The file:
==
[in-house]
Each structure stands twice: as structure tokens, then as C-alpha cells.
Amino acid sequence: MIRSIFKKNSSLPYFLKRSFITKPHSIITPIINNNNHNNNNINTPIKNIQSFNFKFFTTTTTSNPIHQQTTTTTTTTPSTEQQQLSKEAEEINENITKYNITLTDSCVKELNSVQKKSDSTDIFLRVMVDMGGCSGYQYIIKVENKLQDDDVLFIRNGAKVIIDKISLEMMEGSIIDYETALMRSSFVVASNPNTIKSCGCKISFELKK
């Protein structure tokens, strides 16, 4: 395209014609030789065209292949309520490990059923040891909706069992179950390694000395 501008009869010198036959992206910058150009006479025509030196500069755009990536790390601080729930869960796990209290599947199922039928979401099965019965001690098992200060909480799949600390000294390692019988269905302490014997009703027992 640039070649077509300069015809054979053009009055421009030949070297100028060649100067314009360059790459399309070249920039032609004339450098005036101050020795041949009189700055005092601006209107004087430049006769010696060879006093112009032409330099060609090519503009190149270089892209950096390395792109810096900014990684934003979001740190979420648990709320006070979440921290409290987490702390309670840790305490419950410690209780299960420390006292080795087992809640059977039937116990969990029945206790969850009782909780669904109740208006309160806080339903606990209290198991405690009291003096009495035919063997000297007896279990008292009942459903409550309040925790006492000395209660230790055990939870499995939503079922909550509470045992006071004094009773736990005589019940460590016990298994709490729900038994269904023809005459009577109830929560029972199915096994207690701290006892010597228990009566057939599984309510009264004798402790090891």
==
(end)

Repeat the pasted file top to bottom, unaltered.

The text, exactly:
[in-house]
Each structure stands twice: as structure tokens, then as C-alpha cells.
Amino acid sequence: MIRSIFKKNSSLPYFLKRSFITKPHSIITPIINNNNHNNNNINTPIKNIQSFNFKFFTTTTTSNPIHQQTTTTTTTTPSTEQQQLSKEAEEINENITKYNITLTDSCVKELNSVQKKSDSTDIFLRVMVDMGGCSGYQYIIKVENKLQDDDVLFIRNGAKVIIDKISLEMMEGSIIDYETALMRSSFVVASNPNTIKSCGCKISFELKK
């Protein structure tokens, strides 16, 4: 395209014609030789065209292949309520490990059923040891909706069992179950390694000395 501008009869010198036959992206910058150009006479025509030196500069755009990536790390601080729930869960796990209290599947199922039928979401099965019965001690098992200060909480799949600390000294390692019988269905302490014997009703027992 640039070649077509300069015809054979053009009055421009030949070297100028060649100067314009360059790459399309070249920039032609004339450098005036101050020795041949009189700055005092601006209107004087430049006769010696060879006093112009032409330099060609090519503009190149270089892209950096390395792109810096900014990684934003979001740190979420648990709320006070979440921290409290987490702390309670840790305490419950410690209780299960420390006292080795087992809640059977039937116990969990029945206790969850009782909780669904109740208006309160806080339903606990209290198991405690009291003096009495035919063997000297007896279990008292009942459903409550309040925790006492000395209660230790055990939870499995939503079922909550509470045992006071004094009773736990005589019940460590016990298994709490729900038994269904023809005459009577109830929560029972199915096994207690701290006892010597228990009566057939599984309510009264004798402790090891």